Equol-Stimulated Mitochondrial Reactive Oxygen Species Activate Endothelial Nitric Oxide Synthase and Redox Signaling in Endothelial Cells
Roles for F-Actin and GPR30
We reported previously that dietary isoflavones modulate arterial blood pressure in vivo and that the daidzein metabolite equol rapidly activates endothelial NO synthase (eNOS) via Akt and extracellular signal–regulated kinase 1/2–dependent signaling. In this study, we report the first evidence in human endothelial cells that acute stimulation of mitochondrial superoxide generation by equol (100 nmol/L) is required for eNOS activation. Scavengers of superoxide (superoxide dismutase and manganese [III] tetrakis[1-methyl-4-pyridyl]porphyrin) abrogated equol stimulated Akt and eNOS phosphorylation, and the mitochondrial complex I inhibitor rotenone inhibited Akt, extracellular signal–regulated kinase 1/2, and eNOS phosphorylation, as well as NO-mediated increases in intracellular cGMP. Equol also induced rapid alterations in F-actin fiber distribution, with depolymerization of F-actin with cytochalasin D abrogating equol-stimulated mitochondrial superoxide generation. Treatment of cells with pertussis toxin or inhibition of GPR30/epidermal growth factor receptor kinase transactivation prevented equol-induced activation of extracellular signal–regulated kinase 1/2 via c-Src, Akt, and eNOS. Moreover, inhibition of epidermal growth factor receptor kinase activation with AG-1478 abrogated equol-stimulated mitochondrial reactive oxygen species generation and subsequent kinase and eNOS activation. Our findings suggest that equol-stimulated mitochondrial reactive oxygen species modulate endothelial redox signaling and NO release involving transactivation of epidermal growth factor receptor kinase and reorganization of the F-actin cytoskeleton. Identification of these novel actions of equol may provide valuable insights for therapeutic strategies to restore endothelial function in cardiovascular disease.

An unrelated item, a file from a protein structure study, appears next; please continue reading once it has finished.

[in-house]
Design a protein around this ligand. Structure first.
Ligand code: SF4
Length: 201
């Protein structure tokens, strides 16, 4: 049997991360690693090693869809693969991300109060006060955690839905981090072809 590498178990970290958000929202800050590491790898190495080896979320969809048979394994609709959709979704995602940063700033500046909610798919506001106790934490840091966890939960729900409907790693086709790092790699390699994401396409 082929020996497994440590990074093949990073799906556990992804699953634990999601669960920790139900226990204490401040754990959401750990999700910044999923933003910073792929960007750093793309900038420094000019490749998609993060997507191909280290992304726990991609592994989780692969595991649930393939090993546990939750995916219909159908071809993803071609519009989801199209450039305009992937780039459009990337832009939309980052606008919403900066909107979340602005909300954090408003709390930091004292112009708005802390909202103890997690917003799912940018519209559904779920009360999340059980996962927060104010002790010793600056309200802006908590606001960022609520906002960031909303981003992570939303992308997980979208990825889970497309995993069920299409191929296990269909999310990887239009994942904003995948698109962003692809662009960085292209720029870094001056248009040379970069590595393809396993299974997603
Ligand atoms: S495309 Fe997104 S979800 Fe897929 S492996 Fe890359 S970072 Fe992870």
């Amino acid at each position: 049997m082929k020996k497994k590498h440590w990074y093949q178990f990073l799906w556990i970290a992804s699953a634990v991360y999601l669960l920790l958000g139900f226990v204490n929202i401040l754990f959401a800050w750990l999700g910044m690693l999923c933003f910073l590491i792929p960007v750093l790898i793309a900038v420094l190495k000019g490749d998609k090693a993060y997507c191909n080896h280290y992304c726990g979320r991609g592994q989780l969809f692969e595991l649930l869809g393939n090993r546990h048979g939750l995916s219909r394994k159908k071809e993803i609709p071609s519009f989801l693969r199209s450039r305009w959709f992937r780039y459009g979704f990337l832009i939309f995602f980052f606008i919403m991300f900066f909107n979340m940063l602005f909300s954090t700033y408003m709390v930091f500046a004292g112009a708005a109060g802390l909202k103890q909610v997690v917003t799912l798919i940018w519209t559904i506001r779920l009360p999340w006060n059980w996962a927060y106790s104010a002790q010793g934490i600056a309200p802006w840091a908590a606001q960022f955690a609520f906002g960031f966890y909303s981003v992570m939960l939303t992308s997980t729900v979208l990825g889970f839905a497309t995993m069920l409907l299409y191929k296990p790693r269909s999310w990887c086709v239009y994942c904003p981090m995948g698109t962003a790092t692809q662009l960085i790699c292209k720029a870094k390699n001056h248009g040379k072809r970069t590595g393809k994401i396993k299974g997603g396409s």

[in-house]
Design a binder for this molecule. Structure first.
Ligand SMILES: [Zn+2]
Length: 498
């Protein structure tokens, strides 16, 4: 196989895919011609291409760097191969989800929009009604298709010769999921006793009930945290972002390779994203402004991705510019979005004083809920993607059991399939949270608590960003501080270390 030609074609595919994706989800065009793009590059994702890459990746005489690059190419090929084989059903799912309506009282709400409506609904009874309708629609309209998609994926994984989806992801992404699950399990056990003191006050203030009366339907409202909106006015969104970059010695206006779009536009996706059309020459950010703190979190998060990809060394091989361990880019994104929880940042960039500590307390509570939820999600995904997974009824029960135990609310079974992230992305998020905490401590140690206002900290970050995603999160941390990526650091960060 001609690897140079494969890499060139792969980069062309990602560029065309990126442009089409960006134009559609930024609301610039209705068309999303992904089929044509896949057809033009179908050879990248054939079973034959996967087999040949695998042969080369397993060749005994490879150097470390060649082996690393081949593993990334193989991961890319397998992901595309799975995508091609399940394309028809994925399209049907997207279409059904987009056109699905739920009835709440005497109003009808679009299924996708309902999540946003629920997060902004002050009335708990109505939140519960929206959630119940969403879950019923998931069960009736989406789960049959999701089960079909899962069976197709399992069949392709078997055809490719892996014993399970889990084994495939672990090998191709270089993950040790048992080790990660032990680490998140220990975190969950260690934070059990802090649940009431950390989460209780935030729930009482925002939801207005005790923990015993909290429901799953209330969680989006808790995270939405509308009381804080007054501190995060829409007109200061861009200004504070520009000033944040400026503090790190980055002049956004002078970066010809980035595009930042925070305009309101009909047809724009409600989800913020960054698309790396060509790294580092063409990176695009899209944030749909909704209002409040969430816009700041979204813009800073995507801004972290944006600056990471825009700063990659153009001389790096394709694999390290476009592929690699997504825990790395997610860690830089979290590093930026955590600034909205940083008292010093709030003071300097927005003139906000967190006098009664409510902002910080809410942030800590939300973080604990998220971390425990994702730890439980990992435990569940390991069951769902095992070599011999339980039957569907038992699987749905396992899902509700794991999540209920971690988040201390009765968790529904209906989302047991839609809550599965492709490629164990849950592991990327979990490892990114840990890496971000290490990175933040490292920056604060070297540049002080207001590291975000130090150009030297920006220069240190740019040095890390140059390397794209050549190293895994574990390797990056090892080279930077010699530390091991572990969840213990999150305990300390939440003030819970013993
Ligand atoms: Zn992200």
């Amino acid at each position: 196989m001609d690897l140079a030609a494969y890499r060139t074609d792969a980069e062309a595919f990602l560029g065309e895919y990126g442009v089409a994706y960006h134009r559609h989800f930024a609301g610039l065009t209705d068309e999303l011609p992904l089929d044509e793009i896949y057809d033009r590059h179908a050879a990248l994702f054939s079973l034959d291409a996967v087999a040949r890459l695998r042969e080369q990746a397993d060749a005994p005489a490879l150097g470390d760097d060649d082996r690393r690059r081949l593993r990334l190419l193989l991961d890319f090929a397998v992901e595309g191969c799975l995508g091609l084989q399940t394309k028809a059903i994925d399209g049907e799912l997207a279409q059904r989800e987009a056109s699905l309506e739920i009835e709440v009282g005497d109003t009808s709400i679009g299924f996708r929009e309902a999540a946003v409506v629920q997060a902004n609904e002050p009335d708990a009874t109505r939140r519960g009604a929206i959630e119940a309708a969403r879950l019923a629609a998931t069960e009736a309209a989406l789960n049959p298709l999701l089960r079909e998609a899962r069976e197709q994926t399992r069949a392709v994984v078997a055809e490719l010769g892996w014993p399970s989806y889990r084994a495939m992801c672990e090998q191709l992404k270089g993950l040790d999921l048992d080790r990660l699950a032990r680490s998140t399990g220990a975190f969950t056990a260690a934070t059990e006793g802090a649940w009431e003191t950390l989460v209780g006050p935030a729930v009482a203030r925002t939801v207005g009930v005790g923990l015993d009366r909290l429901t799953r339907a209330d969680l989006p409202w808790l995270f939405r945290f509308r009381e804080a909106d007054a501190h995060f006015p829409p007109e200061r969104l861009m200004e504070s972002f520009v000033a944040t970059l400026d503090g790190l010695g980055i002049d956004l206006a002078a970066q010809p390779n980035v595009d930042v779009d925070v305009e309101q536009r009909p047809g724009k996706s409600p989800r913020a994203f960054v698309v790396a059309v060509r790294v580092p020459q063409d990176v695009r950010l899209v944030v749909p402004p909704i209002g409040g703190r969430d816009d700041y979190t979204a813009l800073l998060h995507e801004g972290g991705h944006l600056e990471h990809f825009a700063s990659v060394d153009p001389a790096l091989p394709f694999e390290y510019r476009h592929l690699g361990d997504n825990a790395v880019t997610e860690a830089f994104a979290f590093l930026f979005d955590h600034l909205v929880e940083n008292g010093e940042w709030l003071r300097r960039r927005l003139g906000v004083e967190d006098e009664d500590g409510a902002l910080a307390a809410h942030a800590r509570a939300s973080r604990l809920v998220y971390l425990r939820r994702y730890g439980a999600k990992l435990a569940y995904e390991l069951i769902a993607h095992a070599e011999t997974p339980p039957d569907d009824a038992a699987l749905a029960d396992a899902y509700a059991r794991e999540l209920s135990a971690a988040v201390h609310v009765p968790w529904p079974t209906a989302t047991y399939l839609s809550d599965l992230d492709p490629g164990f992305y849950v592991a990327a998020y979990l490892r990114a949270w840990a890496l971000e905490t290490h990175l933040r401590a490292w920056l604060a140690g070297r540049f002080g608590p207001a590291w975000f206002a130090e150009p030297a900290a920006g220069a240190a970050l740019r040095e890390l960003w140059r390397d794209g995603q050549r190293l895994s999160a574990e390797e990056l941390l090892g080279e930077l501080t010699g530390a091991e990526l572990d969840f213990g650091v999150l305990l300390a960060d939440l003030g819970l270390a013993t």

- Received August 31, 2010.
- Revision received September 25, 2010.
- Accepted January 13, 2011.
- © 2011 American Heart Association, Inc.